It’s a very ominous time to be a moviegoer. First, “Snowpiercer,” a sci-fi thriller set in an icy dystopian future, opened the Los Angeles Film Festival. Now, “The Rover,” an apocalyptic western-drama hybrid starring Guy Pearce and Robert Pattinson, comes wandering into theaters this week.
Written and directed by Australian filmmaker David Michod, whose riveting debut, “Animal Kingdom,” earned him accolades at Sundance, “The Rover” is a highly atmospheric endeavor, with hypnotic cinematography, a haunting score, and doom-laden performances that nicely compliment the bleak Australian outback setting. Superlatives aside, the storyline, much like its lead character, is bewilderingly slight, meandering around aimlessly for 102 minutes. Pattinson’s presence in the cast will give this summer entry a chance to reach a larger audience, but it’s unlikely to pique interest beyond cinephiles and fans of the director’s previous work.
Set ten years after a worldwide financial collapse similar to those faced by American and Europe in recent years, “The Rover” revolves around Eric (Pearce), an embittered drifter and former soldier whose life has been upended by the economy. With its mineral rich landscape, Australia is a lawless world populated by desperate people from all over the globe who have descended on the land to try and eke out a living working in the mines. Crime and violence run rampant, and Eric is just one of many trying to survive by any means necessary.
Driving around listlessly in hopes of making it through another day, Eric stops at a bar for a much-needed libation. While there, a gang of hustlers steals Eric’s car. Even though this type of behavior is expected in this ungoverned society where personal possessions are there for the taking, Eric nonetheless takes it to heart and sets out on a mission to recover his vehicle and exact revenge on the bandits.
Traveling in a car that the thieves abandoned on the side of the road, Eric encounters some eccentric characters, one of which is a badly wounded man named Rey (Pattinson). An American miner and good old Southern boy, Rey just so happens to be the brother of one of the car thieves, and Eric sees to it that he receives medical attention in exchange for leading him to their hideout. Along the way, Eric’s pessimistic outlook on life brings Rey’s dark side to the fore.
Although the screenplay takes the time to fill in some of the characters’ backstories during sobering campfire conversations, the story remains entirely too slight and inconsequential to maintain audience interest. Considering the desolate Australian outback is a character unto itself, and the film is more focused on atmosphere than plot, it’s understandable why Michod would create a storyline with such lifelessness – to mesh well with the setting. Films with a well-defined sense of place always make for a more immersive experience, but at some point, you have to throw a little plot in there to keep the audience awake. Granted, there are occasional bursts of action that spring the film to life, but they are few and far between.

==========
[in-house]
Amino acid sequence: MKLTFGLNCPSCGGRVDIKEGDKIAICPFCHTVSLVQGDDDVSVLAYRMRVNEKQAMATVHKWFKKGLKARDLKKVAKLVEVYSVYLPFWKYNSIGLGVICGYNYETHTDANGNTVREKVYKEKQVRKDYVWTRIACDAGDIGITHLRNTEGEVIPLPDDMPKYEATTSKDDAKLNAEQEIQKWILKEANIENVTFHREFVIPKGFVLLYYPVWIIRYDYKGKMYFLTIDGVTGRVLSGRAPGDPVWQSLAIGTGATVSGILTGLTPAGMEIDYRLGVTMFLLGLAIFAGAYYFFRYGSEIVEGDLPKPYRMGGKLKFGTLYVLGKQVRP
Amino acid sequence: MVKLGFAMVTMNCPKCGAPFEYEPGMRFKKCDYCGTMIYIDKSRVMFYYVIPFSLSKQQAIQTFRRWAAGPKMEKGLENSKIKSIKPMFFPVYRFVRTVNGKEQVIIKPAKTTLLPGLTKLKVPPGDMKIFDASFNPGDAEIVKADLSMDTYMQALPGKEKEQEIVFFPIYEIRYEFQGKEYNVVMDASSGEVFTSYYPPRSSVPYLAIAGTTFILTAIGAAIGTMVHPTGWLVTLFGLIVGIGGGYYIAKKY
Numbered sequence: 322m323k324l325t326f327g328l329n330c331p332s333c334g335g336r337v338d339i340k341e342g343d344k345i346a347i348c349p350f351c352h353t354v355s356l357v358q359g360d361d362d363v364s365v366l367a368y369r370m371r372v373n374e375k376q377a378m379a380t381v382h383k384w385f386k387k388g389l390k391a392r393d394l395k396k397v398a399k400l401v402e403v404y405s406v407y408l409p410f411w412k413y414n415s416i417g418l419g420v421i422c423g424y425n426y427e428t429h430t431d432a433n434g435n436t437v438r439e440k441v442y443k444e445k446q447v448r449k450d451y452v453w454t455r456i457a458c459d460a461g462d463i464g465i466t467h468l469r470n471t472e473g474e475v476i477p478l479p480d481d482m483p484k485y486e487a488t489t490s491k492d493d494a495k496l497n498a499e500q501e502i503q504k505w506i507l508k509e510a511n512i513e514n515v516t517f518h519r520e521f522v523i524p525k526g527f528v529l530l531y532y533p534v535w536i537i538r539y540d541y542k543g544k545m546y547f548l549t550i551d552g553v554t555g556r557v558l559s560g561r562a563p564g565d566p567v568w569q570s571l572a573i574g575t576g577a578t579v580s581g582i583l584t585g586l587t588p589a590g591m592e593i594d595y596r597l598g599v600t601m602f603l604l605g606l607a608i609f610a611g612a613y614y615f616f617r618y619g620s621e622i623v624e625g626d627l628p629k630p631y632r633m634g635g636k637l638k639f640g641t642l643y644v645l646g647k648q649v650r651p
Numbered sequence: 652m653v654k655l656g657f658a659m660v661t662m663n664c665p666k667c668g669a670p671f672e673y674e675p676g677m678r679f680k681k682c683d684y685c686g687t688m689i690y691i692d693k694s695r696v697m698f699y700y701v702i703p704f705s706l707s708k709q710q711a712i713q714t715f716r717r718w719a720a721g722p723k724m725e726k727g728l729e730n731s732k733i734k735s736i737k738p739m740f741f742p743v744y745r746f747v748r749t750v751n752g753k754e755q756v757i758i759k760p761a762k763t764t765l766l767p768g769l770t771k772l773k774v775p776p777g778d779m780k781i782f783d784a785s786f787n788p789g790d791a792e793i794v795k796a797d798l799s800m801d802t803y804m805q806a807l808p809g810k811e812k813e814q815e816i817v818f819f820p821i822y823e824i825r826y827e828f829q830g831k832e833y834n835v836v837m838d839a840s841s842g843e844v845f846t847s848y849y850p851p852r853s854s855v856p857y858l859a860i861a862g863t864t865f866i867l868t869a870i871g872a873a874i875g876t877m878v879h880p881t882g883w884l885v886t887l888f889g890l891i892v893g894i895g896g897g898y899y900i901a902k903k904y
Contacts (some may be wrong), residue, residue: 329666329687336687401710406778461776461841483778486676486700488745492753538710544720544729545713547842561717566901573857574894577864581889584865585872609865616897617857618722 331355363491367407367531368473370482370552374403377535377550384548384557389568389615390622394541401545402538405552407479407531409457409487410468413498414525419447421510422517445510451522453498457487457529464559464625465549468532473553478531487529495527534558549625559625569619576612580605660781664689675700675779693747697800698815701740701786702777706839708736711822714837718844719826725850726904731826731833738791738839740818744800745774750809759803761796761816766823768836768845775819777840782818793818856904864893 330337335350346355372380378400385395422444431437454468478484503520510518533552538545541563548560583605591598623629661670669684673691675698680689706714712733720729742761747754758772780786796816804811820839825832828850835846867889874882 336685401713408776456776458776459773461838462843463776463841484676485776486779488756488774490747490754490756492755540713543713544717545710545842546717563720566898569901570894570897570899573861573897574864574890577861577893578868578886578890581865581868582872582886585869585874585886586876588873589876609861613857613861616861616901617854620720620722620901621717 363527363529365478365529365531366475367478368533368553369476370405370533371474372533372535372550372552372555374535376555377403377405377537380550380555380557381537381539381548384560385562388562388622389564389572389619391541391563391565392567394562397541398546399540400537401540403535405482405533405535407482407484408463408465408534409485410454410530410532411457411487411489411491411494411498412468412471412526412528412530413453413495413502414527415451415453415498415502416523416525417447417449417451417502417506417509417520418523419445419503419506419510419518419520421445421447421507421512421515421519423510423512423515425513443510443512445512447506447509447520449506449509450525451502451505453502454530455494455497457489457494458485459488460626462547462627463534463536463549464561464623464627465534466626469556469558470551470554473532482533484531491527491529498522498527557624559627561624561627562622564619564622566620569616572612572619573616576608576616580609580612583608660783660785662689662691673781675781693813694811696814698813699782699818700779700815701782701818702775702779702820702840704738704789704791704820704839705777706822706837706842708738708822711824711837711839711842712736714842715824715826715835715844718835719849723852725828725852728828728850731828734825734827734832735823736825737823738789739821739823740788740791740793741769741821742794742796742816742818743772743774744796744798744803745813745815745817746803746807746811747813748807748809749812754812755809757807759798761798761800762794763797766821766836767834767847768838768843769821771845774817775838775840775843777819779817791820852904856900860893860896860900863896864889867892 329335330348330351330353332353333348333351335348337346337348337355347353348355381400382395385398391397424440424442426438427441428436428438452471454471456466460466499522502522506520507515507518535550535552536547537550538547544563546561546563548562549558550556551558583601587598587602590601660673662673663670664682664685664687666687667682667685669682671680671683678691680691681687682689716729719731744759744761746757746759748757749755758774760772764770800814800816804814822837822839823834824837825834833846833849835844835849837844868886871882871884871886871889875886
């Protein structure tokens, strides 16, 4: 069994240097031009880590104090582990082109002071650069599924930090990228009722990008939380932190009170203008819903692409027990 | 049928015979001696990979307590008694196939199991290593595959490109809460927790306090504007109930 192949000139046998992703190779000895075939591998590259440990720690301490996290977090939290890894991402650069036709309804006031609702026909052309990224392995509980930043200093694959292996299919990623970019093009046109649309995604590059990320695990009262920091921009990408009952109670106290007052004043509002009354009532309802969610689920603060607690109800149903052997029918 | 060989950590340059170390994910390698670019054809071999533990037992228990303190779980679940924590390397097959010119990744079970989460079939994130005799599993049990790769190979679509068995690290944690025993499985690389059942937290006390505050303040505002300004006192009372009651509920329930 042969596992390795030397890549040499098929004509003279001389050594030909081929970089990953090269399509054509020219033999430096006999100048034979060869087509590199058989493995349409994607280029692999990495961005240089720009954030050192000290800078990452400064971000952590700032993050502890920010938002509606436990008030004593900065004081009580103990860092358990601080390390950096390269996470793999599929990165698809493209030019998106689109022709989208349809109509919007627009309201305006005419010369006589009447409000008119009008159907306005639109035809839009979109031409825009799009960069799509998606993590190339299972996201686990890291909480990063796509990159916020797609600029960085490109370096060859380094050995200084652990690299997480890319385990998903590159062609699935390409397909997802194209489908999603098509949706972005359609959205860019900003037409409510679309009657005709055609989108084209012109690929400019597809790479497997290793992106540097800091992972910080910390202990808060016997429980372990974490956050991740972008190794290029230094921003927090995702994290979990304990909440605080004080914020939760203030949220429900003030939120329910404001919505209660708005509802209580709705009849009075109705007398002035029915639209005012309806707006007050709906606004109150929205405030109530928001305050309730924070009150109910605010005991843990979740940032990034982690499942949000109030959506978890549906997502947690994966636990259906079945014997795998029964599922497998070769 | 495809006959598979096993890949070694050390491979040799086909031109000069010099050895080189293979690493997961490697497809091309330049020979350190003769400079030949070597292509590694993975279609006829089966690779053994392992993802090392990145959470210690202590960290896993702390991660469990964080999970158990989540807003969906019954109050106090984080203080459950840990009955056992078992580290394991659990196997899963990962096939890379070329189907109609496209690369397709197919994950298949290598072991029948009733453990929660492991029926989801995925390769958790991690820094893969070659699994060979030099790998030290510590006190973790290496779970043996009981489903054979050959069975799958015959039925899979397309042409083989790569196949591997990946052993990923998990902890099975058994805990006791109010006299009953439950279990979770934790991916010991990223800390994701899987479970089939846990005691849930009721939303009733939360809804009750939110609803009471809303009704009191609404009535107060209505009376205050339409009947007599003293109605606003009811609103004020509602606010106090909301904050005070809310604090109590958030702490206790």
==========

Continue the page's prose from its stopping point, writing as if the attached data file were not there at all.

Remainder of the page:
As the vengeful lead, Eric, Pearce is presented with a serious challenge in that his character is fairly unsympathetic and therefore doesn’t give the audience much of a rooting interest in him. This isn’t to say that his performance is poor or that his character isn’t interesting. The problem is that Eric is mostly defined by acts of violence carried out with a stone-faced demeanor. As the story progresses, we do learn more information about his past that helps enrich his character, but for the most part, he remains an impenetrable figure.
In the role of Rey, the naïve redneck, Pattinson is provided an opportunity to display a wider range of emotions than his previous films have allowed, and he mostly rises to the occasion. It’s not exactly a career-defining role, but it’s his most nuanced to date and bodes well for the future. Aside from Scoot McNairy (“Killing Them Softly”), who adds another strong performance to his filmography as Rey’s bandit brother, the supporting cast is rounded out by locals, in some cases actual residents of the sets used in the film, further adding to the realism of the Australian landscape.
The cinematography, score and sound design go a long way in creating the grim atmosphere that pervades the film. Employing a foreboding score reminiscent of that used in “Animal Kingdom,” and sound design that juxtaposes the eerie silence of the outback with buzzing flies and gear-grinding, oil-deficient vehicles, the film has as fully realized a setting as one could hope for. Shot on Super 35mm, the photography has a washed out look that accentuates the arid terrain, enabling the viewer to practically feel the outback’s oppressive heat rising off the ground.
Masterfully designed but narratively thin, “The Rover” is strictly for film buffs.
By Lucas Mirabella
102 minutes; Rated R for violence and language